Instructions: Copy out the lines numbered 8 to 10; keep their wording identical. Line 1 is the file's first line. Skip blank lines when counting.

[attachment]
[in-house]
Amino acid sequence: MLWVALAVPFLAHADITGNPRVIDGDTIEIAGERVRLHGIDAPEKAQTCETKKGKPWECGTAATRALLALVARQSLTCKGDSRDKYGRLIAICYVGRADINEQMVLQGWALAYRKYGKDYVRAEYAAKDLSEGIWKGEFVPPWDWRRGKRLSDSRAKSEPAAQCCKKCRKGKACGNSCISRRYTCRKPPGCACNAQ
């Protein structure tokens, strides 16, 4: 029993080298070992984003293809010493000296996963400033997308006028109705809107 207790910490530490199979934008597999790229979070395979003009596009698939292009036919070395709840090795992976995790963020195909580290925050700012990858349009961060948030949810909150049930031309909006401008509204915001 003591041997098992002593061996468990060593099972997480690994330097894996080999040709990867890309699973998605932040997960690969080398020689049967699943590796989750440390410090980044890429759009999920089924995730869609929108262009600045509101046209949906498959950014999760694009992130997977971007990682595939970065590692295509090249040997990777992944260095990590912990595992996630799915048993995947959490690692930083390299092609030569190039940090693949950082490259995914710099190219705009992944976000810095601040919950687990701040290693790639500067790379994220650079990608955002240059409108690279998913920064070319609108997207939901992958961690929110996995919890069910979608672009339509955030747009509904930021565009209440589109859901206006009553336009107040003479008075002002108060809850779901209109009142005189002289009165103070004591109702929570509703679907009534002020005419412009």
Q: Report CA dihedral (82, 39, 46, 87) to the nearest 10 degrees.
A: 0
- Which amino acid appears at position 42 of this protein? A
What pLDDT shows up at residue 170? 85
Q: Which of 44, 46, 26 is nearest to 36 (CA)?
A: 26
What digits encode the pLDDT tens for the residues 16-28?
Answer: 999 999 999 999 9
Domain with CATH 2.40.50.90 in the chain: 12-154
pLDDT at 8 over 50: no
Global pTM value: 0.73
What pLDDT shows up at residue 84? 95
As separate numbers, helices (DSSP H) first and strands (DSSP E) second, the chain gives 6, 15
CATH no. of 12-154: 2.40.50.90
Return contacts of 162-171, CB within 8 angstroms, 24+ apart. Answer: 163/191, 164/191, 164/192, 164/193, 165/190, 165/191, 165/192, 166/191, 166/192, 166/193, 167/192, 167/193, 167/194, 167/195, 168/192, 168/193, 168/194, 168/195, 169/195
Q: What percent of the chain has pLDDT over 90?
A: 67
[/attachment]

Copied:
Q: Which of 44, 46, 26 is nearest to 36 (CA)?
A: 26
What digits encode the pLDDT tens for the residues 16-28?